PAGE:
I slowed my walk to let Joe catch up to me as Iggy walked ahead. “I guess you can take a tambourine anywhere. Almost as good as a harmonica.”

“The harp is good and all, but I just feel like I can’t immerse myself in the music if I don’t have my arms free.” He swung the pack around and opened the middle zipper and handed me a 10” tambourine then opened the larger pocket and pulled out a 14” model. He pulled the pack onto both shoulders then stared to play and kind of dance down the sidewalk. On cue other members of the band started clapping and singing, not words but melodies. Iggy joined in and before I knew it we had a 2:30 AM parade around the Bradenburg gate; Iggy singing Passenger, his backing band singing their parts, with me and Joe on tambourines. A couple laps around the Brandenburg gate then down the Platz to the hotel. Joe and Iggy in the lead, I was following with the band and the radio staff trailing in song. It was a moment for the ages, I wish my wife had been there but she had to leave early because of work the next morning.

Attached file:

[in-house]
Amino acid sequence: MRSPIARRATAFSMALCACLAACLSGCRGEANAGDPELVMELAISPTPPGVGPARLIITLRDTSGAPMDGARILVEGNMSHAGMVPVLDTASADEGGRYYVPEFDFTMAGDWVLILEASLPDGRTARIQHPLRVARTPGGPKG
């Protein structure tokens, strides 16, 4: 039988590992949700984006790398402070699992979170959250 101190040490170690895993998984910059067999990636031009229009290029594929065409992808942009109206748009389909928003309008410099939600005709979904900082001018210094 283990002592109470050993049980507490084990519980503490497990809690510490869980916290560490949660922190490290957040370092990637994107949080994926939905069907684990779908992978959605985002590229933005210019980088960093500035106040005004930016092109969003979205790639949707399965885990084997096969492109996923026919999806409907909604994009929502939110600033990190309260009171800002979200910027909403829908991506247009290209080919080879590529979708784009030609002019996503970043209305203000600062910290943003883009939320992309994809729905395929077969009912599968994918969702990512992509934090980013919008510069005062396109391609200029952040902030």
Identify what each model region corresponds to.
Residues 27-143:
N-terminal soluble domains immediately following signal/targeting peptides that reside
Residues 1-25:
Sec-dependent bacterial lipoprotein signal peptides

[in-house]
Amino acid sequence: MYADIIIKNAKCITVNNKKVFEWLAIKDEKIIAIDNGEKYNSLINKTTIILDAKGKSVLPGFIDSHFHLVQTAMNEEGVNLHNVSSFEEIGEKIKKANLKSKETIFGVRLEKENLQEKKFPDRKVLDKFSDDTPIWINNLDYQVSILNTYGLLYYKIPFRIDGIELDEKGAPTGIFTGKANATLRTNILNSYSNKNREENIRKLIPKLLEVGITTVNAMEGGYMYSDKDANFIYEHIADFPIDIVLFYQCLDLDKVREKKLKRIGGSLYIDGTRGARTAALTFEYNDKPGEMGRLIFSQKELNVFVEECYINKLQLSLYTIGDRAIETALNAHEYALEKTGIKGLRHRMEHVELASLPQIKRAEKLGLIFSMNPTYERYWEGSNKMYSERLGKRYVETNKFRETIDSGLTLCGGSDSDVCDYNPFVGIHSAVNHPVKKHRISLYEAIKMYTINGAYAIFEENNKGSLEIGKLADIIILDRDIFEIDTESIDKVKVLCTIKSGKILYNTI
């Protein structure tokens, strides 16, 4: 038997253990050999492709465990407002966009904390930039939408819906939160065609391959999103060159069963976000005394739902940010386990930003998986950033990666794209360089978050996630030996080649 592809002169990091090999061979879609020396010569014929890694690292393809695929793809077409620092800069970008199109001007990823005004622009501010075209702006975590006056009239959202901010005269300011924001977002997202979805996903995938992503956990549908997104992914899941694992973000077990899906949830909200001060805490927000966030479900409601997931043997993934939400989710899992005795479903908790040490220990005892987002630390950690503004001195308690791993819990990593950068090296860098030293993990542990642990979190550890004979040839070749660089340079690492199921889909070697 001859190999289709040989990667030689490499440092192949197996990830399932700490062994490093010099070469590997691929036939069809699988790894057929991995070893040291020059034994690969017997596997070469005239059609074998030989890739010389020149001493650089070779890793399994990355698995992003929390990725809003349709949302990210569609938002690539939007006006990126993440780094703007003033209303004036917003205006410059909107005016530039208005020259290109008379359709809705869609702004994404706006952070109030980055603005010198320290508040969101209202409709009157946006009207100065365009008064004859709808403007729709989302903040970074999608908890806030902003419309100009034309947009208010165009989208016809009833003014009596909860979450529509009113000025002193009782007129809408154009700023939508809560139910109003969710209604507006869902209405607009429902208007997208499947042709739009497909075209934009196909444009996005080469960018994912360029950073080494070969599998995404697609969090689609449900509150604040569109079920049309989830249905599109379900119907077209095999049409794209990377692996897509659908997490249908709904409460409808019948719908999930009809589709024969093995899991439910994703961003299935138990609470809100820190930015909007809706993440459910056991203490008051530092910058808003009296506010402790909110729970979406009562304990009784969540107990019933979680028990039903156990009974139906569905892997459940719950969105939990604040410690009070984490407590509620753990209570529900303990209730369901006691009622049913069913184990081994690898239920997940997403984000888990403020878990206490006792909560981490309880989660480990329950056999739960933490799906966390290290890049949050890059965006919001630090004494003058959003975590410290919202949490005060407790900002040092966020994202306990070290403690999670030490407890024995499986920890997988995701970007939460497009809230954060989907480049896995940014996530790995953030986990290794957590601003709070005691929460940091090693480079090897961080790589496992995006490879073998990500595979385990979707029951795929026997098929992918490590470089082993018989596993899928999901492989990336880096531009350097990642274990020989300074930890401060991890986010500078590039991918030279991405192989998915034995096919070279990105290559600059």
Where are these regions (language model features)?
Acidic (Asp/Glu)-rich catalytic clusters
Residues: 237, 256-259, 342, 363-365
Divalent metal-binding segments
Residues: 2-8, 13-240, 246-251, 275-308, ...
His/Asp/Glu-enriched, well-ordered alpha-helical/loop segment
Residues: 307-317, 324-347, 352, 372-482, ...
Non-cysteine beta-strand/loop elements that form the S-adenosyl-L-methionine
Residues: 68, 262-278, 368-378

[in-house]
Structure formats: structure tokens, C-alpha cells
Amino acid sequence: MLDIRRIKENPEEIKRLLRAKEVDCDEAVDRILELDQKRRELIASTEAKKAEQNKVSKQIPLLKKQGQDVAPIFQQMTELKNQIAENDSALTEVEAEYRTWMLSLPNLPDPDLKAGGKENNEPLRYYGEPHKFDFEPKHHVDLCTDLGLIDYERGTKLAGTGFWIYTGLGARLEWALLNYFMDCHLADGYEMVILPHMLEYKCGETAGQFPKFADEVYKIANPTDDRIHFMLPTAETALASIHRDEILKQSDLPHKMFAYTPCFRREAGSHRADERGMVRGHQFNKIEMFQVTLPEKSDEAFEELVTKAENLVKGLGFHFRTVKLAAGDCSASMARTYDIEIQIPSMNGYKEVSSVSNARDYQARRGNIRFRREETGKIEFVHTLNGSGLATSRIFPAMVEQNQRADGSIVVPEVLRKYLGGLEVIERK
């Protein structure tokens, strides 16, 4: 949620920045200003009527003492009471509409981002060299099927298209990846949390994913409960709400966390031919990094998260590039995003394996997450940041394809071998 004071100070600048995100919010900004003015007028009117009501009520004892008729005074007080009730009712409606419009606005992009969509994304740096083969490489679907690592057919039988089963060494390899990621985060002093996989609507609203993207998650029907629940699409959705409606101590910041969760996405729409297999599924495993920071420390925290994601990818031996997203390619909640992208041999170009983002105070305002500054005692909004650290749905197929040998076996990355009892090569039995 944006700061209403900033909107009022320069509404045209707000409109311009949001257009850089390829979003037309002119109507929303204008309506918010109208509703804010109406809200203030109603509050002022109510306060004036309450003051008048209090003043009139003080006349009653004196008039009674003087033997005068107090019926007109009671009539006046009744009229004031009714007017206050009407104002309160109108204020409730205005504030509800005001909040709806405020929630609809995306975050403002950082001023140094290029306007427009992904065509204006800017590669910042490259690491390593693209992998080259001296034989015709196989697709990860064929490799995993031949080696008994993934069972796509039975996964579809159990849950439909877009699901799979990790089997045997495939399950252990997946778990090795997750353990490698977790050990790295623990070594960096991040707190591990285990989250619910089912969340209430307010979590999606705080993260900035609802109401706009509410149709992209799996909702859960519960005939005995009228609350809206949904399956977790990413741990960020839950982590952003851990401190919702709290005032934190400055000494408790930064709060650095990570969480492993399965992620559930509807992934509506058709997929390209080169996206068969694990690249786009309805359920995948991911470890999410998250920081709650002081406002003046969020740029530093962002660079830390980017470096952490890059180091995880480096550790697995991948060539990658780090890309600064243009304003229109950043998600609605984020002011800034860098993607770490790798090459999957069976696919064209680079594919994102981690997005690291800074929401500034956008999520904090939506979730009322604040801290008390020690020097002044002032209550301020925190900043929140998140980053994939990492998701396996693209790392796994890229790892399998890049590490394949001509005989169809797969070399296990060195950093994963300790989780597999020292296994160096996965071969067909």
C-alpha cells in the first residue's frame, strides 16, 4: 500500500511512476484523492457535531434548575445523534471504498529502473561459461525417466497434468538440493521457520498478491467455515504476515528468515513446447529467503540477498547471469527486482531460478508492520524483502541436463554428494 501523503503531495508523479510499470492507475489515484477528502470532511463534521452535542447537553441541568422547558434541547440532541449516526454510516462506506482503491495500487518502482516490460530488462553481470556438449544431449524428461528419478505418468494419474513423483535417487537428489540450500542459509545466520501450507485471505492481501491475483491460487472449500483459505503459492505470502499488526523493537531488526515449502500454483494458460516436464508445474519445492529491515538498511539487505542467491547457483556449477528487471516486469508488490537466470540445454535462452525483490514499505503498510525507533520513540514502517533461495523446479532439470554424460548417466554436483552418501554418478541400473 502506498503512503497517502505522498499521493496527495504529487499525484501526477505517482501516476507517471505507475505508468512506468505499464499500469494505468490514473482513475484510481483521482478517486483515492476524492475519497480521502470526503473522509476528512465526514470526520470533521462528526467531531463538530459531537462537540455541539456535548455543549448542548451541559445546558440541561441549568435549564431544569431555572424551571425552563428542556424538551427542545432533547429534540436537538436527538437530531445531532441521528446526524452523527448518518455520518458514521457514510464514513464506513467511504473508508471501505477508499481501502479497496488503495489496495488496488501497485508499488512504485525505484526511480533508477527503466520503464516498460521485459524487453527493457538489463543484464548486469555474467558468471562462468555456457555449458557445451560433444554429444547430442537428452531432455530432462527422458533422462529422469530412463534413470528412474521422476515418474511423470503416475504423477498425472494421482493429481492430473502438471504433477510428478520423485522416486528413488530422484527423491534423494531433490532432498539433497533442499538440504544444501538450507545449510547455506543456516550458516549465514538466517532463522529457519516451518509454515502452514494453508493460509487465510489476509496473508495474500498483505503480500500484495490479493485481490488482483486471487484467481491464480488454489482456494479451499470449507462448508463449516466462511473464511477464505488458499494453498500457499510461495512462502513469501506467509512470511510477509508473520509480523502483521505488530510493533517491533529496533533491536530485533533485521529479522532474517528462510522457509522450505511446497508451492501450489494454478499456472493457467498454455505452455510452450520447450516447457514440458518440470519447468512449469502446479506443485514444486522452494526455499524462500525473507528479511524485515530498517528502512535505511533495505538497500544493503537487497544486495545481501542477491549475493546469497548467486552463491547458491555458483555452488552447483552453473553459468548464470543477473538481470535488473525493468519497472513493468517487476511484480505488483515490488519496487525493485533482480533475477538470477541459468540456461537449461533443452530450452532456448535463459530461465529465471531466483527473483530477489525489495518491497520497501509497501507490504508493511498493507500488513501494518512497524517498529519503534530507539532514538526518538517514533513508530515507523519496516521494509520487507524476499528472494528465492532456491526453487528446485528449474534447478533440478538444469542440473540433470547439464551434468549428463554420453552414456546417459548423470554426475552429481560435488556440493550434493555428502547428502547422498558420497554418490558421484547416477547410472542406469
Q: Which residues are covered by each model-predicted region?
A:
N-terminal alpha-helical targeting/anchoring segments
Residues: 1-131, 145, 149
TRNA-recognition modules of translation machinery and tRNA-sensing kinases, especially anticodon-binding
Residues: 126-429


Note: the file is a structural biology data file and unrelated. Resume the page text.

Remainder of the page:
Joe got caught up in the moment and veered off from Iggy, playing with more energy than before. He stepped off the sidewalk and into the road mid-block, completely unaware of his surroundings. Out of the corner of my eye I saw a trash truck coming and realized the impeding tragedy. Joe was a Whirling Dervish, immersed in his music and in the dark under an unlit streetlamp he was invisible to the truck. I ran at Joe, yelling at him to get out of the road. He couldn’t hear me whirling faster as I ran to him. I had only one choice and as long as Joe stayed in place my plan would work. Luckily the trash truck was the only vehicle in the street. I leapt from the curb, grabbed Joe at the waist and felt the trash truck slam against my left foot and turned over so Joe would land on top of me. Instead his energy kept us kept us upright, I’m not sure how, and we never hit the ground. Joe whirled to a stop and I tried to stand, instead the pain told me otherwise as I looked down at my left foot now pointing at the 9 o’clock position. Joe looked down at my foot, violently threw up and passed out. The trash truck never stopped.

I had saved Joe Long’s life.